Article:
• Missing meals because of irregular sleeping patterns or feeling “too busy to eat”

Harmful in its own right, disordered eating differs from an eating disorder. We worry about eating disorders when any of the following are present:

  • Is there a pattern of behaviors?
  • Is there a preoccupation with food and body?
  • Is there impairment?

Eating disorder signs and symptoms

Signs and symptoms of eating disorders in college students are similar to those in other groups affected by these conditions. They may be subtle and kept hidden, especially in the earlier stages of illness.

Physical

  • Unusual and rapid weight fluctuations
  • Fainting, fatigue, low energy, interrupted sleep
  • GI discomfort, dysregulation, bloating
  • Dry hands/hair or poor circulation
  • Hair loss or development of lanugo
  • Chest pain or heart palpitations
  • For females, disruption in menstruation

Behavioral

  • Dieting or chaotic food intake
  • Preoccupation with food, weight, size, and shape
  • Excessive exercise
  • Frequent trips to the bathroom
  • Change in clothing style (sometimes to hide or to flaunt body)
  • Eating in isolation

Emotional

  • Severe mood swings
  • Increased isolation, irritability, anhedonia
  • Low self-esteem; complaints about body
  • Perfectionistic tendencies
  • Sadness or comments about feelings of worthlessness
  • Increase of depression and/or anxiety

Screening college students for eating disorders

Eating disorders are not “phases” that pass on their own, but rather illnesses that warrant serious care and attention. The majority of people with eating disorders never receive professional support—but it is available. The earlier detection and intervention happen, the better the recovery outcomes.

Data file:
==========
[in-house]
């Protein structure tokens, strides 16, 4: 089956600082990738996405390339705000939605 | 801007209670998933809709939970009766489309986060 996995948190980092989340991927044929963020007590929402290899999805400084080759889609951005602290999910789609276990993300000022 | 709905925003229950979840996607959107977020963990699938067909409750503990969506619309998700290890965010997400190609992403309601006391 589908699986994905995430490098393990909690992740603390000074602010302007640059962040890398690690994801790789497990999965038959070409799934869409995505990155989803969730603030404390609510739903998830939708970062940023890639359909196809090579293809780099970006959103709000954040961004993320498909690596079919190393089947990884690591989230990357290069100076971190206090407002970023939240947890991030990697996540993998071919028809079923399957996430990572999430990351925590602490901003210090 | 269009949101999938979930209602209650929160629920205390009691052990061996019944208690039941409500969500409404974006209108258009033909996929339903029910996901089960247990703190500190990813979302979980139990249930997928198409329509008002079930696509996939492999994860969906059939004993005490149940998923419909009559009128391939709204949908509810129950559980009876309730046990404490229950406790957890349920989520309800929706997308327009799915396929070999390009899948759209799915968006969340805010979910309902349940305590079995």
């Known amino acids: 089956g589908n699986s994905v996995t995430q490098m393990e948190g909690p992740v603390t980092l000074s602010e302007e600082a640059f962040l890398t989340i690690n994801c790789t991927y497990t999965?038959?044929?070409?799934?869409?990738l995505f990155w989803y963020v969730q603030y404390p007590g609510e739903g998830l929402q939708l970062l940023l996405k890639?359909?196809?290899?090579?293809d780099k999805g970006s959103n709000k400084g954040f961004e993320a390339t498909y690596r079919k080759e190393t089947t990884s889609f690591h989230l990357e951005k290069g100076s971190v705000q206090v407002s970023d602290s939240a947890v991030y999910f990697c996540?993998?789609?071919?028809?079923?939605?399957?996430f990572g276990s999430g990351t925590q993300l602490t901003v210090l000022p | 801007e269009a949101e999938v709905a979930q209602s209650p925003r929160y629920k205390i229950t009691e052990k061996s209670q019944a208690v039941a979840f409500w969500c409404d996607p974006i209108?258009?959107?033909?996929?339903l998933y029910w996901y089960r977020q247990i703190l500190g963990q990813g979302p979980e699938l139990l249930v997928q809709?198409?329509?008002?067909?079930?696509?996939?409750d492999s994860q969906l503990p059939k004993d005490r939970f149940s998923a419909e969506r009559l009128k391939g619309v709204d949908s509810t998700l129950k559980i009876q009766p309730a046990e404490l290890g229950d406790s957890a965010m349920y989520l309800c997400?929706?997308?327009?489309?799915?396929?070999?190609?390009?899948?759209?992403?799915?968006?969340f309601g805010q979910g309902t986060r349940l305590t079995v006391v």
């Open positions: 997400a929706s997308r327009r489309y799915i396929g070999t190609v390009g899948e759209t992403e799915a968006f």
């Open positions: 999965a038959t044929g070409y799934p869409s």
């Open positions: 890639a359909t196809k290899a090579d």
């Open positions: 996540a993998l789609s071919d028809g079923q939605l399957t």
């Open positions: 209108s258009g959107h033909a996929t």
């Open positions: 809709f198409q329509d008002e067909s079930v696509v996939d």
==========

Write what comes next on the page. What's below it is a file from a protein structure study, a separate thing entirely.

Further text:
Consider these steps to help identify eating disorders in the college students you treat:

1. Start the conversation.

Many young adults who meet the full criteria for an eating disorder never talked about their concerns with a health care provider. Ask all patients about their eating habits, just as you do to assess for drug and alcohol use and/or sexual behaviors.

2. Follow up with additional questions.

If you suspect that your patient may be struggling in their relationship with food, ask if you can inquire further. For example, “I’m concerned about your eating. May we discuss how you typically eat and your relationship with food?”

These six questions, adapted from the SCOFF Questionnaire by Morgan, Reid, and Lacey, can help assess the situation:

  • Do you feel like you sometimes lose or have lost control over how you eat?
  • Do you ever make yourself sick because you feel uncomfortably full?
  • Do you believe yourself to be fat, even when others say you are too thin?
  • Do food and/or thoughts about food dominate your life?
  • Do thoughts about changing your body and/or your weight dominate your life?
  • Have others become worried about your weight and/or eating?

3. Refer as needed.

In this informal survey, two or more “yes” answers strongly indicate the presence of disordered eating. Refer the patient to a professional or program that specializes in eating disorders, such as The Emily Program.

Eating disorder treatment

Those struggling with an eating disorder generally need a multidisciplinary team of support, including therapy, nutritional counseling, and medical services.

Care at The Emily Program is informed by Sackett’s three-legged stool model of evidence-based practice. Incorporating research, clinical expertise, and client preferences, we aim to help individuals:

With appropriate and timely care, recovery is possible for college students and others affected by eating disorders. The Emily Program is here to help. Make a referral by calling us at 1-888-364-5977 or by completing our online form, or encourage your patient to take the first step today.